our inquiry differs radically from traditional economics, in which the ultimate premises are not production and exchange but rather exchange and self-interest, or later, exchange and a vaguely defined psychological situation. Our aim is to prescind from human psychology (so) that, in the first place, we may define the objective situation with which man has to deal, and, in the second place, define the psychological attitude that has to be adopted if man is to deal successfully with economic problems. Thus something of a Copernican revolution is attempted: instead of taking man as he is or as he may be thought to be and from that deducing what economic phenomena are going to be, we take the exchange process in its greatest generality and attempt to deduce the human adaptations necessary for survival. [CWL 21, 42- 43]
To our knowledge, no one else considers the functional distinctions between different kinds of productive rhythms prior to, and more fundamental than, wealth, value, supply and demand, price levels and patterns, capital and labor, interest and profits, wages, and so forth … only Lonergan analyzes booms and slumps in terms of how their velocities, accelerations, and decelerations are or are not equilibrated in relation to the events, movements and changes in two distinct monetary circuits of production and exchange as considered both in themselves and in relation to each other by means of crossover payments. [CWL 15, Editors’; Introduction lxii]
Lonergan’s Modern Macroeconomic Field Theory is not a theory based upon the psychology of efficient-causal participants.
again, as to the notion of cause, Newton conceived of his forces as efficient causes, and the modern mechanics drops the notion of force; it gets along perfectly well without it. It thinks in terms of a field theory, the set of relationships between n objects. The field theory is a set of intelligible relations linking what is implicitly defined by the relations themselves; it is a set of relational forms. The form of any element is known through its relations to all other elements. What is a mass? A mass is anything that satisfies the fundamental equations that regard masses. Consequently, when you add a new fundamental equation about mass, as Einstein did when he equated mass with energy, you get a new idea of mass. Field theory is a matter of the immanent intelligibility of the object. [CWL 10, 154]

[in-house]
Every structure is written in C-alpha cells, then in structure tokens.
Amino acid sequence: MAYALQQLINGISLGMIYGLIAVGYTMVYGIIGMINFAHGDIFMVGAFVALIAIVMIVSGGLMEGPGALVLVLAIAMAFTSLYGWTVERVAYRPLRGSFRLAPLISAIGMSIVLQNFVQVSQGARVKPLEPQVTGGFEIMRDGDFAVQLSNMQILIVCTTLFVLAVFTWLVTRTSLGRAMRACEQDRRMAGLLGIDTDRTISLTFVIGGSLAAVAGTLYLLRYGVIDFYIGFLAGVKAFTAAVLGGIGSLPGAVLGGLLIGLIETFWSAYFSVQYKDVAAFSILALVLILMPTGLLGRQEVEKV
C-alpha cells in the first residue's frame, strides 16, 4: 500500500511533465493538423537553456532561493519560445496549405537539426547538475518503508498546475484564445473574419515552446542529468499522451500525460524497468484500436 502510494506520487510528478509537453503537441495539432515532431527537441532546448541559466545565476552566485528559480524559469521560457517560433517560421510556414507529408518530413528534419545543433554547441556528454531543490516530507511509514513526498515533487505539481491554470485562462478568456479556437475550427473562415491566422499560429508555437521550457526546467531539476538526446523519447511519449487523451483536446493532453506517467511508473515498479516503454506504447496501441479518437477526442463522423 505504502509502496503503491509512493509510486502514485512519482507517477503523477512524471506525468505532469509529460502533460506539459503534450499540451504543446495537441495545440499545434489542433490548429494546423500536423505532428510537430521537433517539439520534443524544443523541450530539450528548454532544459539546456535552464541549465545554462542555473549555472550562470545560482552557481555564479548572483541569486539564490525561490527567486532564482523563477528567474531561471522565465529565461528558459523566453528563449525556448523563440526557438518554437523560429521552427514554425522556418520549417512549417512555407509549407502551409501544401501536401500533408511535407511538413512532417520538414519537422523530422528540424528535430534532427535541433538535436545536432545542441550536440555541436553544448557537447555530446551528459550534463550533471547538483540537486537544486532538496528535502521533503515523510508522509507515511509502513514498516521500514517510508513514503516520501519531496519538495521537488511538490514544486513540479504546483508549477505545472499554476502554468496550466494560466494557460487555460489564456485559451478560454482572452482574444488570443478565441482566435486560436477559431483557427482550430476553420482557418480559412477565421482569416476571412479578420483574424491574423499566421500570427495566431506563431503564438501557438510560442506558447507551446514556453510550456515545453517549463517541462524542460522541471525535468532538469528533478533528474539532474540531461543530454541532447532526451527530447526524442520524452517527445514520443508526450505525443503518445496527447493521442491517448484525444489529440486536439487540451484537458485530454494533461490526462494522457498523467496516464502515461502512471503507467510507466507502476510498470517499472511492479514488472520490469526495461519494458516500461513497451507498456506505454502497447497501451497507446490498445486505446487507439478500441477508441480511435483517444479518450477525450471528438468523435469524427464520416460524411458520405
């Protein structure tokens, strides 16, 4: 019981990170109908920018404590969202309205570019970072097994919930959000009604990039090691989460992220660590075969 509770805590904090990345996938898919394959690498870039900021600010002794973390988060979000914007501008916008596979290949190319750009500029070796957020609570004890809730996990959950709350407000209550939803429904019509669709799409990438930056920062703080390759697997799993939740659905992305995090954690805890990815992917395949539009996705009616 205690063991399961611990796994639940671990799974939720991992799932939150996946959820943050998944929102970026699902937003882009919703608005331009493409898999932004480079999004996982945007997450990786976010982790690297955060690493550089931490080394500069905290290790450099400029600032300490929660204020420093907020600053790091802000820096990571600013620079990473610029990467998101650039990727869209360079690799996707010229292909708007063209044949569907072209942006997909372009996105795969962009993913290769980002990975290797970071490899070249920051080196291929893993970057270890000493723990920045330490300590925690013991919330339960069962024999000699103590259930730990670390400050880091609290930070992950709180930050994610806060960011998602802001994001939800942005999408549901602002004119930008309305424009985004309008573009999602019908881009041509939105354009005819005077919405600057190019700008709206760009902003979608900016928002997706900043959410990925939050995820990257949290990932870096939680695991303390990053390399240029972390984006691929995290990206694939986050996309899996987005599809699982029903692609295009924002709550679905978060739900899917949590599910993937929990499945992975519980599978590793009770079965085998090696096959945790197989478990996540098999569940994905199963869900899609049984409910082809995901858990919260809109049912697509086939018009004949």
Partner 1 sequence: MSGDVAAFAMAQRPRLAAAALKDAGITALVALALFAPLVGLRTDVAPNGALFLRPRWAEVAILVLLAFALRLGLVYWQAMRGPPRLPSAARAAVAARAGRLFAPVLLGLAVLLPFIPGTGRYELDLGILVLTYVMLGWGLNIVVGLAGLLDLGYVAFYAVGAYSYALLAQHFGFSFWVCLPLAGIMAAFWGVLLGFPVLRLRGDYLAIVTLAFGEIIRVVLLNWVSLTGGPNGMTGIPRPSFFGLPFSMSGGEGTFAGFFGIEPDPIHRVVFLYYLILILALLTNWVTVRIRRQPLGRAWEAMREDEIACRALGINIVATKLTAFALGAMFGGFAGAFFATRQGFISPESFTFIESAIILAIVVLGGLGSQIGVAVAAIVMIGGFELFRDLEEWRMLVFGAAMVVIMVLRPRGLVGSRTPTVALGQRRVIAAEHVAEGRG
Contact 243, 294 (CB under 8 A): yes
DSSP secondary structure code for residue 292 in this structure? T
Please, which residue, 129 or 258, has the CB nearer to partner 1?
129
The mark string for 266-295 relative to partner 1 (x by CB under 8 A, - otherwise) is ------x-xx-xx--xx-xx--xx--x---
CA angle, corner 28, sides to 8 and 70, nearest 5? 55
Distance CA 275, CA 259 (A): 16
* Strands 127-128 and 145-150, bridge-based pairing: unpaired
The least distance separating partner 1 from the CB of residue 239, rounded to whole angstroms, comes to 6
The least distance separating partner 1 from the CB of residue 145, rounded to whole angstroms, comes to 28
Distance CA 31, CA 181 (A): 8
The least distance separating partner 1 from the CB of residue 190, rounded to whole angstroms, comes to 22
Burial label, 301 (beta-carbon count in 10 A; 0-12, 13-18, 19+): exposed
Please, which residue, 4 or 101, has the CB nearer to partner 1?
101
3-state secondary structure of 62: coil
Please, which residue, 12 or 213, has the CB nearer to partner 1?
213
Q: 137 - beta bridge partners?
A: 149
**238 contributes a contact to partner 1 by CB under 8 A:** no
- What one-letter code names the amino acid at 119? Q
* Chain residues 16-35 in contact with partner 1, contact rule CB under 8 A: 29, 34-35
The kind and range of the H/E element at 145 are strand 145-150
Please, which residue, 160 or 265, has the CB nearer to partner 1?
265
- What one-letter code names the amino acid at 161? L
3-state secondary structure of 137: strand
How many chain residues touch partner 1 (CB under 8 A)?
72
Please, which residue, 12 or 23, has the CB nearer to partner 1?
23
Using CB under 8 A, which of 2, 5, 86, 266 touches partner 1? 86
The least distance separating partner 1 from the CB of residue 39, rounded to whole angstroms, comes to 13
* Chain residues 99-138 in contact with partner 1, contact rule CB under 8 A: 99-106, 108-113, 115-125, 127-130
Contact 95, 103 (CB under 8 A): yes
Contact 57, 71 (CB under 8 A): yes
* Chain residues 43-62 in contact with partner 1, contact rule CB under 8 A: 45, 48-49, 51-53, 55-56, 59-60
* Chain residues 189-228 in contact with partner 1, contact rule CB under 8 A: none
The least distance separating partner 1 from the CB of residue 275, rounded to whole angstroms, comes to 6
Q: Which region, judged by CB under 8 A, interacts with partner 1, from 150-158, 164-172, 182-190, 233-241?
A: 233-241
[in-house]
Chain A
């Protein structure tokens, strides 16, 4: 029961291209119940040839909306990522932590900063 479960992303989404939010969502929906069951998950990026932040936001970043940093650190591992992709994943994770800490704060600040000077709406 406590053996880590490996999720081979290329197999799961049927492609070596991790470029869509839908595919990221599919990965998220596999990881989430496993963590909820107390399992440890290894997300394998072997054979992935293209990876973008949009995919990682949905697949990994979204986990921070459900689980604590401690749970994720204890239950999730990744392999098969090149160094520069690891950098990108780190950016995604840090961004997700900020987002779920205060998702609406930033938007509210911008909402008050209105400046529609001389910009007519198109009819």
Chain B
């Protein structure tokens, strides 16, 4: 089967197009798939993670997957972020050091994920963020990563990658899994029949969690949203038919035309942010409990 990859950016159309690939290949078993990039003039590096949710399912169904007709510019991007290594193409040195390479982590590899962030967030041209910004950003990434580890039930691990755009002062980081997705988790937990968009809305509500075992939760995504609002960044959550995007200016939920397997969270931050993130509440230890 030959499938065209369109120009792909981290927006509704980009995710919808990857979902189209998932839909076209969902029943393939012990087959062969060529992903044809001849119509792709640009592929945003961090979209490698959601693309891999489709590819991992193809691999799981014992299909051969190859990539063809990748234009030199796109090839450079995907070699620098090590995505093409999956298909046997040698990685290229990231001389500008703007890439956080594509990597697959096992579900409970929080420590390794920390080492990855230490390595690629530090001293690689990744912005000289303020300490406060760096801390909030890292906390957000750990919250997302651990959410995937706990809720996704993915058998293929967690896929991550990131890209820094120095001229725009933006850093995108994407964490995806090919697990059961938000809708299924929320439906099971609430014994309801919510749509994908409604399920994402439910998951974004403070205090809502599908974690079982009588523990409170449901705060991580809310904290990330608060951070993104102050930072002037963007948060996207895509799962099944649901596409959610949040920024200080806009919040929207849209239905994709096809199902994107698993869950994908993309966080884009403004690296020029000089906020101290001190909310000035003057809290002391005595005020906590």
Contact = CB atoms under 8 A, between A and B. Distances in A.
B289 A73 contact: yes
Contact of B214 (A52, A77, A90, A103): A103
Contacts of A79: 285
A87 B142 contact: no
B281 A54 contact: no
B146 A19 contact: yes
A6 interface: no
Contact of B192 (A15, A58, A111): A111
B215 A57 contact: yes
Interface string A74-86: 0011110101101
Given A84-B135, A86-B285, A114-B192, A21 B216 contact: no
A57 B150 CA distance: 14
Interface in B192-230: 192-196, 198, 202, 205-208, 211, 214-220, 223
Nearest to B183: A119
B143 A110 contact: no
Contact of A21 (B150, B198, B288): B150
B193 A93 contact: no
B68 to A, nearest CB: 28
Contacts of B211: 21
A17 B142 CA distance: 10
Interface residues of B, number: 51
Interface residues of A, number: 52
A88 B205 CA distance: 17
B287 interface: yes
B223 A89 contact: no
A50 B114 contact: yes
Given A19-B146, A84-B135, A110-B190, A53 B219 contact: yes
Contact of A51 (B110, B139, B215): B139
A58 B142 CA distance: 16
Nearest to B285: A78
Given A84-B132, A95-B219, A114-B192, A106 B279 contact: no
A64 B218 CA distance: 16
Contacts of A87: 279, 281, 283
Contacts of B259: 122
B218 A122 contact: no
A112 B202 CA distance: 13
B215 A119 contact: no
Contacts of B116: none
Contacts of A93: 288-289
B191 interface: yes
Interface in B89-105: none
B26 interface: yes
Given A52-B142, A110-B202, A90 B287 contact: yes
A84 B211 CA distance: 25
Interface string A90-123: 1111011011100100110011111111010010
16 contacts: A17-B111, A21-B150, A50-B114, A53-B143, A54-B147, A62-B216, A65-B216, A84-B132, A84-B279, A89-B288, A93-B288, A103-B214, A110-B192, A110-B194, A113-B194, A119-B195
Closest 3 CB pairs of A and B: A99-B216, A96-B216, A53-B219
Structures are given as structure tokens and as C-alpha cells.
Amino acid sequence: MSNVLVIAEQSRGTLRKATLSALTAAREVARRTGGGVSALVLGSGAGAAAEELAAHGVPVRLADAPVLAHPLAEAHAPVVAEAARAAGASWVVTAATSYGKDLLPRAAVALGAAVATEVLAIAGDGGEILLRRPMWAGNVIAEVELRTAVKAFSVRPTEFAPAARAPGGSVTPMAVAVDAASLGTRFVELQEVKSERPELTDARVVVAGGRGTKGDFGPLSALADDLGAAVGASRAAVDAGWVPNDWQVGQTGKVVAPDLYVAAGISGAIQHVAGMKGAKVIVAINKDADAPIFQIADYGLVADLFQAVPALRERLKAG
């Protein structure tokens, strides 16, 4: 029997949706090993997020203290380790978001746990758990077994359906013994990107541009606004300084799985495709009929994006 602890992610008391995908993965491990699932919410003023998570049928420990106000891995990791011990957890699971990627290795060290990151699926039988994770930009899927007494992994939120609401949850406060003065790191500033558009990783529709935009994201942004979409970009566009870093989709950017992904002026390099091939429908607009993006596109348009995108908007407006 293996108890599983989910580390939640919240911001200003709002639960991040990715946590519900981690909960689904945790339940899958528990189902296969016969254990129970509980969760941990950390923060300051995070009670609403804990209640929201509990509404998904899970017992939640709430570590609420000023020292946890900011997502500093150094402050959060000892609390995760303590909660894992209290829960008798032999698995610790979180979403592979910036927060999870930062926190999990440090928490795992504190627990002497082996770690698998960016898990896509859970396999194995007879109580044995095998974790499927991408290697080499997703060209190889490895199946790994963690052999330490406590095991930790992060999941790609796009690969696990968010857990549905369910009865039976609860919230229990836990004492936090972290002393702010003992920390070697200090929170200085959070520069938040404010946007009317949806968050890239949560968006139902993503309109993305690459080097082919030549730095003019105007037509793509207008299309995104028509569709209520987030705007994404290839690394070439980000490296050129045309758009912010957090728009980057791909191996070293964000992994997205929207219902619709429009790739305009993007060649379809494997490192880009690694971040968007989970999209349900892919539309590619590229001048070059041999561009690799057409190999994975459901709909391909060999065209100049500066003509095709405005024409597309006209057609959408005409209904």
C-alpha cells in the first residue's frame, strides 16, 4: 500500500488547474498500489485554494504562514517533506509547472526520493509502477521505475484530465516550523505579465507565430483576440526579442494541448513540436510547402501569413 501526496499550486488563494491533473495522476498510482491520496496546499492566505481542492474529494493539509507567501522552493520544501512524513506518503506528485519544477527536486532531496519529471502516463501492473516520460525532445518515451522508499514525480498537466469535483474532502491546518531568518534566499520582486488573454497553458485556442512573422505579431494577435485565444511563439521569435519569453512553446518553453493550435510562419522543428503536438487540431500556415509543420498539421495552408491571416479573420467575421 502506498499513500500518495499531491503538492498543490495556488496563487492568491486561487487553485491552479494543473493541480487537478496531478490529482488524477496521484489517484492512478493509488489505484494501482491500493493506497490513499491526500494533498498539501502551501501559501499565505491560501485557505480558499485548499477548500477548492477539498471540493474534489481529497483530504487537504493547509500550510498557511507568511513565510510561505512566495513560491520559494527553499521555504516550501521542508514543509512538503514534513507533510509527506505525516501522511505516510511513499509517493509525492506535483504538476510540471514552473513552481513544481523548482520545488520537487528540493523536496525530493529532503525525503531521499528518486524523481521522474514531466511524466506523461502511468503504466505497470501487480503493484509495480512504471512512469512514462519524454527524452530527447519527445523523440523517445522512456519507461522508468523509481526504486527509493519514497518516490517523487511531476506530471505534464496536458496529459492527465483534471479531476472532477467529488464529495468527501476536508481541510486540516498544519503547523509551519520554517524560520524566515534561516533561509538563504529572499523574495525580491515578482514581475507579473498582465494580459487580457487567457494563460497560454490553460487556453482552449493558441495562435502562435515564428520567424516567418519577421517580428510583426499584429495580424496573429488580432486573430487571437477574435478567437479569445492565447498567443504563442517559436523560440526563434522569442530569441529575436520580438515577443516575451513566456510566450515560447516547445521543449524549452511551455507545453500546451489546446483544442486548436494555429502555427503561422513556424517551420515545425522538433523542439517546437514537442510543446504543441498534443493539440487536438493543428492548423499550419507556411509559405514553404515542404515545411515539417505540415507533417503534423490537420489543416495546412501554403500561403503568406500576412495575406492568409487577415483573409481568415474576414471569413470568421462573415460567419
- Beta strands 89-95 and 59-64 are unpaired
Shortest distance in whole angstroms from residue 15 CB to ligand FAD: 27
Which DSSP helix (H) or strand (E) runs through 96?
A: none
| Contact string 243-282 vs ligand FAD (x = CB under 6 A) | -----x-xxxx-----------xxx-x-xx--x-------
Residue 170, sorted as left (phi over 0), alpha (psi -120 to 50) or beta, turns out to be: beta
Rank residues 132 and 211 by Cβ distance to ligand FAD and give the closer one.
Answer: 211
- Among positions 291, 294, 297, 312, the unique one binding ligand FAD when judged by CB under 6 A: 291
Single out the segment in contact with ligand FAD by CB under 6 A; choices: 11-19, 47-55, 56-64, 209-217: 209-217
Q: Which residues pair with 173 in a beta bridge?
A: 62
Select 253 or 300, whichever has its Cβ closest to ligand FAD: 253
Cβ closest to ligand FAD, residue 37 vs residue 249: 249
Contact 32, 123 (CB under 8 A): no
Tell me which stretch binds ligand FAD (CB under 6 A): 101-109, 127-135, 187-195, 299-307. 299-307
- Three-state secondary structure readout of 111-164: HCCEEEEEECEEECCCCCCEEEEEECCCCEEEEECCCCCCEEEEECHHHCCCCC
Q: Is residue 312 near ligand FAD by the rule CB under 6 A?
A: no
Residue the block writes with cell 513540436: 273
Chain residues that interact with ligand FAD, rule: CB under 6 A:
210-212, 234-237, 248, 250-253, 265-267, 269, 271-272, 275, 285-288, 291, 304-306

Field theory is a matter of the immanent intelligibility of the object or process under investigation. Newton’s Mechanics was brilliant with respect to basic terms and their superstructure, but his mechanics was a theory of (external) efficient cause, not of formal cause or immanent intelligibility of explanatory conjugates among themselves.
… Special Relativity is primarily a field theory, that is, it is concerned not with efficient, instrumental, material, or final causes of events, but with the intelligibility immanent in data; but Newtonian dynamics seems primarily a theory of efficient causes, of forces, their action, and the reaction evoked by action. … Special Relativity is stated as a methodological doctrine that regards the mathematical expression of physical principles and laws, but Newtonian dynamics is stated as a doctrine about the objects subject to laws. [3, 43/67]
Establishment economics and left-wing sentimentalists are both on the wrong track. Their pronouncements are groundless and/or deficient. They don’t understand the significance of what may be called investment income; and they don’t grasp the idea of the pure cycle of expansion and the necessity to implement the basic expansion. Their so-called solutions are not solutions.